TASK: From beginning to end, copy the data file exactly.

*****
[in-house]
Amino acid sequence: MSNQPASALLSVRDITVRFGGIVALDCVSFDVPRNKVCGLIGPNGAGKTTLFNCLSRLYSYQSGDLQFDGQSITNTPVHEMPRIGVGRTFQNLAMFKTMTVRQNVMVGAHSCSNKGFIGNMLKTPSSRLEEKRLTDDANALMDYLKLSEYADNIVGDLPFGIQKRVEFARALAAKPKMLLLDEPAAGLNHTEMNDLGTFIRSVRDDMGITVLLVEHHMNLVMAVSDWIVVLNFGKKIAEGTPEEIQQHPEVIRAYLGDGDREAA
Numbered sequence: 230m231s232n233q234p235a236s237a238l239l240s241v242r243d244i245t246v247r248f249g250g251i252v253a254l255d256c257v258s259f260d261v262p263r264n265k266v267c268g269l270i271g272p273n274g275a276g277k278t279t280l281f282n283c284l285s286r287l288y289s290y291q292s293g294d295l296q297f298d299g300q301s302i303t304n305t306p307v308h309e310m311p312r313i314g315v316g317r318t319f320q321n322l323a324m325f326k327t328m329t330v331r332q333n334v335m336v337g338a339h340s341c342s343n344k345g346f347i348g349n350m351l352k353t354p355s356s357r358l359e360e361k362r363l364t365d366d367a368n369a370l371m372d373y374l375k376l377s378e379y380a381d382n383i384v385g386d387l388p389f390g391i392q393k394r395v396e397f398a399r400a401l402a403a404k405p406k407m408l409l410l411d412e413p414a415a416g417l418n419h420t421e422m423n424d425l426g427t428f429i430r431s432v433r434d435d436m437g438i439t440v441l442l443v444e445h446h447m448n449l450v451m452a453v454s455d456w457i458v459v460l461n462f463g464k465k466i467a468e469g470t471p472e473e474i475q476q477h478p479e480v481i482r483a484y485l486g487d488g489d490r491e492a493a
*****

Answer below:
[in-house]
Amino acid sequence: MSNQPASALLSVRDITVRFGGIVALDCVSFDVPRNKVCGLIGPNGAGKTTLFNCLSRLYSYQSGDLQFDGQSITNTPVHEMPRIGVGRTFQNLAMFKTMTVRQNVMVGAHSCSNKGFIGNMLKTPSSRLEEKRLTDDANALMDYLKLSEYADNIVGDLPFGIQKRVEFARALAAKPKMLLLDEPAAGLNHTEMNDLGTFIRSVRDDMGITVLLVEHHMNLVMAVSDWIVVLNFGKKIAEGTPEEIQQHPEVIRAYLGDGDREAA
Numbered sequence: 230m231s232n233q234p235a236s237a238l239l240s241v242r243d244i245t246v247r248f249g250g251i252v253a254l255d256c257v258s259f260d261v262p263r264n265k266v267c268g269l270i271g272p273n274g275a276g277k278t279t280l281f282n283c284l285s286r287l288y289s290y291q292s293g294d295l296q297f298d299g300q301s302i303t304n305t306p307v308h309e310m311p312r313i314g315v316g317r318t319f320q321n322l323a324m325f326k327t328m329t330v331r332q333n334v335m336v337g338a339h340s341c342s343n344k345g346f347i348g349n350m351l352k353t354p355s356s357r358l359e360e361k362r363l364t365d366d367a368n369a370l371m372d373y374l375k376l377s378e379y380a381d382n383i384v385g386d387l388p389f390g391i392q393k394r395v396e397f398a399r400a401l402a403a404k405p406k407m408l409l410l411d412e413p414a415a416g417l418n419h420t421e422m423n424d425l426g427t428f429i430r431s432v433r434d435d436m437g438i439t440v441l442l443v444e445h446h447m448n449l450v451m452a453v454s455d456w457i458v459v460l461n462f463g464k465k466i467a468e469g470t471p472e473e474i475q476q477h478p479e480v481i482r483a484y485l486g487d488g489d490r491e492a493a